Sunday, June 2, 2013

When cities speak and other strange stories from our talented Republicans.

Here is the opening paragraph from a article on the House Oversight and Government Reform Committee investigating the IRS scandal into the Tea Party applications. Reading through the rest of the transcribed testimony one obvious question stands glaringly absent: Who was the person in Washington, D.C. who told you this? Since cities are just massive collections of inanimate buildings that are incapable of speech, there must be a logical followup to the reply:  A: He told me that Washington, D.C., wanted some cases. Who in Washington, D.C. said this? Why would any lawyer conducting an investigation allow the incomplete train of Q & A to end without that followup? Where is Perry Mason when we really need him?

IRS Employee: D.C. Told Us To Target Tea Party

House Oversight and Government Reform Committee Chairman Darrell Issa (R-CA) revealed new testimony from IRS employees on CNN's State of The Union on Sunday. According to transcribed excerpts released by the Committee, a Cincinnati IRS employee made it clear they were told by Washington, D.C. personnel to give extra scrutiny to Tea Party groups:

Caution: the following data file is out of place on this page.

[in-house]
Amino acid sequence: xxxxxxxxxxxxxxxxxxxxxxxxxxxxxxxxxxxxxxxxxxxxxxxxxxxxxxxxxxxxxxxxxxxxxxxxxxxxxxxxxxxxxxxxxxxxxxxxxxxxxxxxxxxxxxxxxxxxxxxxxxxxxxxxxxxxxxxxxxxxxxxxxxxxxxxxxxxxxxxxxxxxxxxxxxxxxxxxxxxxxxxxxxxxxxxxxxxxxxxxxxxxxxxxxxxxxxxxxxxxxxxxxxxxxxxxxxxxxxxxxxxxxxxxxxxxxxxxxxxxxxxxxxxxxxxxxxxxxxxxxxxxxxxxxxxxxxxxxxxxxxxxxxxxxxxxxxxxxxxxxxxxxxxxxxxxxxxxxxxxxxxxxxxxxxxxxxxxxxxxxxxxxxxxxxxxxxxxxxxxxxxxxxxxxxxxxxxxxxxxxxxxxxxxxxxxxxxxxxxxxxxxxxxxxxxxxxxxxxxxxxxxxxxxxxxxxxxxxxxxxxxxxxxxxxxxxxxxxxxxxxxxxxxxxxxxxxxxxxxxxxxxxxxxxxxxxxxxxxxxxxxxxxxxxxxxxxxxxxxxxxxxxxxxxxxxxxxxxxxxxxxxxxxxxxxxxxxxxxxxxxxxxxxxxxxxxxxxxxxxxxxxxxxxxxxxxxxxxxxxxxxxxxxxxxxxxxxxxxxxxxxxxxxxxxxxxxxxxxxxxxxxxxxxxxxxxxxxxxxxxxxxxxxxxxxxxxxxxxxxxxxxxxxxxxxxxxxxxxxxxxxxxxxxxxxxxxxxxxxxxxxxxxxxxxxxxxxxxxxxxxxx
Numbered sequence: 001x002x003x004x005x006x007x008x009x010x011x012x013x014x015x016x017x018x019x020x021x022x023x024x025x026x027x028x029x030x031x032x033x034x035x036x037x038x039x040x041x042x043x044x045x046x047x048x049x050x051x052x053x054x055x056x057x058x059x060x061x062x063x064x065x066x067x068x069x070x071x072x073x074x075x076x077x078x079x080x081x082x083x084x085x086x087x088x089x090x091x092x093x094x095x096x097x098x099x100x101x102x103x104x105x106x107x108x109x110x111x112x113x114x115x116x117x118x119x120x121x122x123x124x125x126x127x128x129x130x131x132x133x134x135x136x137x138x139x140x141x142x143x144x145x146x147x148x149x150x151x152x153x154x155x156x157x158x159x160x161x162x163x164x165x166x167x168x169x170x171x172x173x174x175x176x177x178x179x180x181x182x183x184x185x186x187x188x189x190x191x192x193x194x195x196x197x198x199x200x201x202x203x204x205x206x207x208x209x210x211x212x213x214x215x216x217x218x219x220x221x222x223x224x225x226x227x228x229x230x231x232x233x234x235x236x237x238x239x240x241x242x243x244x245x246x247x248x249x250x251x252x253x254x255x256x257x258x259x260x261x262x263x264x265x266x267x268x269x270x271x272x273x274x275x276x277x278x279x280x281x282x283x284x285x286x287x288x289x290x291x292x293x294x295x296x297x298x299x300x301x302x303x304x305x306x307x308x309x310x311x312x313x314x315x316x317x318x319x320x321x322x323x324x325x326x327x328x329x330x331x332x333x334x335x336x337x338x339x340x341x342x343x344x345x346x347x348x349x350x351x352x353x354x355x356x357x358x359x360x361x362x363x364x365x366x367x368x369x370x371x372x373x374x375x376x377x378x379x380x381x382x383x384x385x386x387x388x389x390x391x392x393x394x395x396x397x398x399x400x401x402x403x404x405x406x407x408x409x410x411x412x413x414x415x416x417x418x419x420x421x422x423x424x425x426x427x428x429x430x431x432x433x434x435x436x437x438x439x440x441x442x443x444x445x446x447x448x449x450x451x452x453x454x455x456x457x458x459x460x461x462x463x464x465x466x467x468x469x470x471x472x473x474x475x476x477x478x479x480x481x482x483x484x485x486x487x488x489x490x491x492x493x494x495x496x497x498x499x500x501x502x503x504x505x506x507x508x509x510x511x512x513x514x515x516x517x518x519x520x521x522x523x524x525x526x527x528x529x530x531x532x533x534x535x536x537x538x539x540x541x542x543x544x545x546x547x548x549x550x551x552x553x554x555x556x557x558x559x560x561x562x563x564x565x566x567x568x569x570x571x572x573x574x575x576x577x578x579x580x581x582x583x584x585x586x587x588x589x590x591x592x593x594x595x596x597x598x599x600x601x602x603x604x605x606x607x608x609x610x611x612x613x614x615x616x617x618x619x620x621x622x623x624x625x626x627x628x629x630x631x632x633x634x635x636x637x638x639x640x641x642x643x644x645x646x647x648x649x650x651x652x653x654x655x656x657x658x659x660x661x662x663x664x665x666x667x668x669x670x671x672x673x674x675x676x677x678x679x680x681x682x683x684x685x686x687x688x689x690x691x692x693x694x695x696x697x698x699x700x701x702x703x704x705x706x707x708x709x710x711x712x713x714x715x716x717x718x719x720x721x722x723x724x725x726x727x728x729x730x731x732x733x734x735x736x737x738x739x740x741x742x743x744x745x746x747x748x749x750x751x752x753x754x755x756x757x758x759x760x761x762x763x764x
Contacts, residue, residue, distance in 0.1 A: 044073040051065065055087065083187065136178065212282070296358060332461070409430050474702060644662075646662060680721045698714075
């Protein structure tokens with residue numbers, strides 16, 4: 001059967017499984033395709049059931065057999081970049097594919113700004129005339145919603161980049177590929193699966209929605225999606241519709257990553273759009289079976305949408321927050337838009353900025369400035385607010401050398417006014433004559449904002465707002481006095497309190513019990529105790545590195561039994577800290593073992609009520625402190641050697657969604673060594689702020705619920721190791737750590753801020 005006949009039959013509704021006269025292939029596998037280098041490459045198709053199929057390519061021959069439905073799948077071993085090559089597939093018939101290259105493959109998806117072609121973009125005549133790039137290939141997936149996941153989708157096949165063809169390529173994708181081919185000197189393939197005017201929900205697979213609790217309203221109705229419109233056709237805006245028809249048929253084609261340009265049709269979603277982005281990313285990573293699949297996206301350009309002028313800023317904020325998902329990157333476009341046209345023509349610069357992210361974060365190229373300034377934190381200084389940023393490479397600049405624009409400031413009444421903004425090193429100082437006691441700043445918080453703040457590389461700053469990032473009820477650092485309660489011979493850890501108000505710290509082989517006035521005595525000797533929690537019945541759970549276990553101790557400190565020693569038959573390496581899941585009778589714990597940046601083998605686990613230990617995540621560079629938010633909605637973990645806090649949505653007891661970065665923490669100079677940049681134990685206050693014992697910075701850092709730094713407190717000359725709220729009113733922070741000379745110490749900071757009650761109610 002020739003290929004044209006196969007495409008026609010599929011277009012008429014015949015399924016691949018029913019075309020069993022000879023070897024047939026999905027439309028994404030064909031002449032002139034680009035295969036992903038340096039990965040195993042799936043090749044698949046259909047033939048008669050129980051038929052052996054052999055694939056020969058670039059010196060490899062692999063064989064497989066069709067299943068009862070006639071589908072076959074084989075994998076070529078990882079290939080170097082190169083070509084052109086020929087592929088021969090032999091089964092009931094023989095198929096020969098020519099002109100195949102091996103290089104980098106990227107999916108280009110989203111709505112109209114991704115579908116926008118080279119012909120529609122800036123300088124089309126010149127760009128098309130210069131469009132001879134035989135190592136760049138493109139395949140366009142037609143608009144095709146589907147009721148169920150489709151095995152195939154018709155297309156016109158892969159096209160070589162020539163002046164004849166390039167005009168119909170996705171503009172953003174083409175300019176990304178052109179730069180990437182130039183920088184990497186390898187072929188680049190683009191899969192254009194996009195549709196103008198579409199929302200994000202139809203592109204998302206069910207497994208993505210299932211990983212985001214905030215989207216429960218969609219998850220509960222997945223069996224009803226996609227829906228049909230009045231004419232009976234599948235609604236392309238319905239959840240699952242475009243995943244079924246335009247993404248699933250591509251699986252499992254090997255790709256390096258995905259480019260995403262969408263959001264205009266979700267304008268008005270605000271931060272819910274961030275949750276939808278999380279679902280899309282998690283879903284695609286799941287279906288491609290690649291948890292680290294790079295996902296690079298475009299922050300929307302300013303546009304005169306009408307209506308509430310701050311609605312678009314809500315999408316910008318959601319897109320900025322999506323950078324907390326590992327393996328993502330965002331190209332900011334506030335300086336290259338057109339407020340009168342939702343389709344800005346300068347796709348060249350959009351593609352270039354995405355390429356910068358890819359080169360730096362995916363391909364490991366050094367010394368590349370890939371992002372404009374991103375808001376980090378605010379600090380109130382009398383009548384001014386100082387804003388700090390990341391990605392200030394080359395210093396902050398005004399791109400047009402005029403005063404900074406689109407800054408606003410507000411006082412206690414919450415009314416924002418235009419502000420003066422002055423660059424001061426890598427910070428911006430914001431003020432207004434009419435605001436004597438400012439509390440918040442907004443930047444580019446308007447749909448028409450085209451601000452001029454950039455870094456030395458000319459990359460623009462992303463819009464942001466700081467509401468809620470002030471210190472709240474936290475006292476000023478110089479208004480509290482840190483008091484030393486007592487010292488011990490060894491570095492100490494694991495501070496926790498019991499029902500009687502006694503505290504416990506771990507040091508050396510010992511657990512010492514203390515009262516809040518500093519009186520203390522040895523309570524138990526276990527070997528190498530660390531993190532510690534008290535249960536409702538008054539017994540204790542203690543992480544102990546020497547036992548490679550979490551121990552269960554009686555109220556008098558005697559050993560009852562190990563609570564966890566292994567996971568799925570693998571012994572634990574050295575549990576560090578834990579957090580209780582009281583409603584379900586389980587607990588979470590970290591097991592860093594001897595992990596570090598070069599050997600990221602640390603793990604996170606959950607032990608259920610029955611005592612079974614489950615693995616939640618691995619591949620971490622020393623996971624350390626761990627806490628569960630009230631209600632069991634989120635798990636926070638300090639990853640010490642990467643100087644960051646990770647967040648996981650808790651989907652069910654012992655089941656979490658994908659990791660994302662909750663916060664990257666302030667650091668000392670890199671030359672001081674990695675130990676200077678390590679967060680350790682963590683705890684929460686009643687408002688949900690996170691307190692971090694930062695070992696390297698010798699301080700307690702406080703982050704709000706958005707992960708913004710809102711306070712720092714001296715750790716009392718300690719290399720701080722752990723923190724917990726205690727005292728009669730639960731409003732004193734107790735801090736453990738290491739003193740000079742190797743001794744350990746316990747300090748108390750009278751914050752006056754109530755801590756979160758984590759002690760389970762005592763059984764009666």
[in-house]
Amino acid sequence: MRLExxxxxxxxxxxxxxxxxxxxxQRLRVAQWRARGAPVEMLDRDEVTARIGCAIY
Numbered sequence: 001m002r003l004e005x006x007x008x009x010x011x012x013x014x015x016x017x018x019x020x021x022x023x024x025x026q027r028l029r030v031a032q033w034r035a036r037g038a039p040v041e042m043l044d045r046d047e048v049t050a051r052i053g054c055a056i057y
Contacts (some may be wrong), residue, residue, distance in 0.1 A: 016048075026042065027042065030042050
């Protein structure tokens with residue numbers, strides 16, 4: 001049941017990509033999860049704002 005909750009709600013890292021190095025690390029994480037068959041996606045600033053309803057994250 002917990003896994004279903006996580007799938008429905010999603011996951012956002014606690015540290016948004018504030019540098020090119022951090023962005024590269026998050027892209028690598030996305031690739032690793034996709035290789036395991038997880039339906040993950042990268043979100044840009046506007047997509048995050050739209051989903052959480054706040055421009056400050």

Q: In early 2010, was there a time when you became aware of applications that referenced Tea Party or other conservative groups?
A: In March of 2010, I was made aware.
Q: Okay.  Now, was there a point around this time period when [your supervisor] asked you to do a search for similar applications? 
A: Yes.
Q: To the best of your recollection, when was this request made?
A: Sometime in early March of 2010.
Q: Did [your supervisor] give you any indication of the need for the search, any more context? 
A: He told me that Washington, D.C., wanted some cases.


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